Newbie question: Classes

Bruno Desthuilliers bruno.42.desthuilliers at wtf.websiteburo.oops.com
Wed Jan 9 10:13:50 CET 2008


Daniel Fetchinson a écrit :

nb: answering to the (unknown) OP:

>> Basically, I have created a program using tkinter without using any class
>> structure, simply creating widgets and functions (and finding ways around
>> passing variables from function to function, using global variables etc).

One of the points of OO is indeed to avoid excessive use of global state 
  and "cargo" data. Now note that this can also be (at least partially) 
done using closures, callbacks, partial application, and other 
functional tricks.

>> The program has become rather large ( lines?) I am trying to now put it into
>> a class structure, because I hear it is easier to handle.

It can make thing easier - from a maintainance/reusability POV at least 
- if you're at ease with OO design and programming. But getting OO right 
- specially when it comes to design - is not necessarily trivial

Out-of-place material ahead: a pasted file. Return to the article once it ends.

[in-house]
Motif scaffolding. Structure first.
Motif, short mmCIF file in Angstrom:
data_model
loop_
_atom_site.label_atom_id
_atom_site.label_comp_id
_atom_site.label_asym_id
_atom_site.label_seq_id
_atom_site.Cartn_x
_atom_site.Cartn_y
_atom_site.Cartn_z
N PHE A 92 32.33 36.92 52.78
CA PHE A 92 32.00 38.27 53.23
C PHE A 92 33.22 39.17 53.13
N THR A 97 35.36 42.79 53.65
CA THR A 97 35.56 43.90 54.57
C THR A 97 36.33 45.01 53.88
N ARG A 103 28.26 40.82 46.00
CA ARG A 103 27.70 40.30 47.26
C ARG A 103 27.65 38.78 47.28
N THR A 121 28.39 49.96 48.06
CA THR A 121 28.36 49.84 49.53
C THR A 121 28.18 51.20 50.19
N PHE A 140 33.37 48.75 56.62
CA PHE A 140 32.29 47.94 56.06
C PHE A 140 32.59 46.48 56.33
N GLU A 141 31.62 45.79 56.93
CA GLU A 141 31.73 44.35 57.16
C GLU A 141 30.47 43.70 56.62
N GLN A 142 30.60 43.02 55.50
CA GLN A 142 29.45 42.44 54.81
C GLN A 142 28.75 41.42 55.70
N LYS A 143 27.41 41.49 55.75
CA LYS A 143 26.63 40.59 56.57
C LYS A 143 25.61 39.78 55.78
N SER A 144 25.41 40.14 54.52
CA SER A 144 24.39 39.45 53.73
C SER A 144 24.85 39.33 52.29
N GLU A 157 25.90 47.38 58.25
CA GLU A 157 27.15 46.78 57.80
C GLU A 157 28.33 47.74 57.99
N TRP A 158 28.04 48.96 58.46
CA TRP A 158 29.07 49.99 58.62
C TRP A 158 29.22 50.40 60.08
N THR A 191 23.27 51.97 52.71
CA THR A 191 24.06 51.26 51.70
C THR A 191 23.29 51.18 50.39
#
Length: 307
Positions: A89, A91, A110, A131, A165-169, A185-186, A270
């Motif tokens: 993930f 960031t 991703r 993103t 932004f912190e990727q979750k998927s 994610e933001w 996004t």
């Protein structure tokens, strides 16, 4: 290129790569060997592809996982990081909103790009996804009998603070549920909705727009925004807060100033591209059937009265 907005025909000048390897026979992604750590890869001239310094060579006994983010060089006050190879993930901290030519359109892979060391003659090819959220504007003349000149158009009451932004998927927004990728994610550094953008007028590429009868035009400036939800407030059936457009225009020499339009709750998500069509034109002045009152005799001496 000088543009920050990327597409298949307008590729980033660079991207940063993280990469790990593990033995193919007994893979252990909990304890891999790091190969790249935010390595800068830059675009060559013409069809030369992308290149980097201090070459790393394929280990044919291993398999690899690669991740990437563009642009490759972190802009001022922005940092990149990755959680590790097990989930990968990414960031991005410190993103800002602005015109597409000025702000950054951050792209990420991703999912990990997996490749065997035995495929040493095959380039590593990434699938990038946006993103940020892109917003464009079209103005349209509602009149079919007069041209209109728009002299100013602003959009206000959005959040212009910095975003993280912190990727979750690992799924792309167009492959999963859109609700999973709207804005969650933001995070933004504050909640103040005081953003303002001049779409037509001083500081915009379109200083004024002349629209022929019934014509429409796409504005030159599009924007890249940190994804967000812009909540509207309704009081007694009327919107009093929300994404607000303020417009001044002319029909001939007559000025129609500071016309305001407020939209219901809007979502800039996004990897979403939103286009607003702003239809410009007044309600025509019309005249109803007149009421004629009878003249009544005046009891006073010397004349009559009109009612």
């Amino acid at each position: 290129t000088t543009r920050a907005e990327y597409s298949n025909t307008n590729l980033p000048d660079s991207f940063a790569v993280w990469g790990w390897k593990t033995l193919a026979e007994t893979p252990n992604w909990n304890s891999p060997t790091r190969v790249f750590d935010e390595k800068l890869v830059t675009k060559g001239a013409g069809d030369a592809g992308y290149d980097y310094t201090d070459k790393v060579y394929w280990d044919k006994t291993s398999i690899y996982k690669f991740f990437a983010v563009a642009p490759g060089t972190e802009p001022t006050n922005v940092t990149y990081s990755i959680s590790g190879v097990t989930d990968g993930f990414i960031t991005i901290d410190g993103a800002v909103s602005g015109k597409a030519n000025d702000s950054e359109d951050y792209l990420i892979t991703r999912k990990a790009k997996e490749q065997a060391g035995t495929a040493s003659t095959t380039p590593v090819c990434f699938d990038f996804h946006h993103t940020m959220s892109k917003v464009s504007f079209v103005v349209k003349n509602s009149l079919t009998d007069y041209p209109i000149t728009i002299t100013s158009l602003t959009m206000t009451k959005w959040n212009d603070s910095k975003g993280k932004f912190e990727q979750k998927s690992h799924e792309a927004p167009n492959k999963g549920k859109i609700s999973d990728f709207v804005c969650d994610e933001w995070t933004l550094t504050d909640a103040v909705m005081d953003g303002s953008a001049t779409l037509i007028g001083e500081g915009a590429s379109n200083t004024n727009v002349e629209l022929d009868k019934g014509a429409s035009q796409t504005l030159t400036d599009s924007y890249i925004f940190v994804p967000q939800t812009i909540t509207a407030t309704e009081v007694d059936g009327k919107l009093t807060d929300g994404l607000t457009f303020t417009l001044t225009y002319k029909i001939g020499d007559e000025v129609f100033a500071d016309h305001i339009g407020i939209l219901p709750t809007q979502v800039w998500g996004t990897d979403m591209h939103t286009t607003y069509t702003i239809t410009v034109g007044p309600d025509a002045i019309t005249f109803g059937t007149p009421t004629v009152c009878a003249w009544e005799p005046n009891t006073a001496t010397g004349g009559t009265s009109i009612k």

neither, so don't think of it as a "silver bullet".

>> So basically, I put all the stuff into a class, making the widgets in the
>> "def __init__(self, root)" (root being my Tk() ) and then I have had to put
>> a "self." in front of any instance of any variable or widget. Is this right?

Probably not.

>> it seems like nothing is any easier (except having variables locally). Is
>> this right? Should I be creating more classes for different things or what?

Probably, yes. You could try to identify small sets of functions dealing 
with a common (small) set of data, and regroup them into (small) 
classes, then think about how instances of these classes will work 
together. Also remember to separate the "logic" (data structures and 
rules about these data structures) from the "presentation" (the GUI 
code). The "logic" part should be usable independantly (with a CLI 
interface, a web interface, etc).

My two cents...



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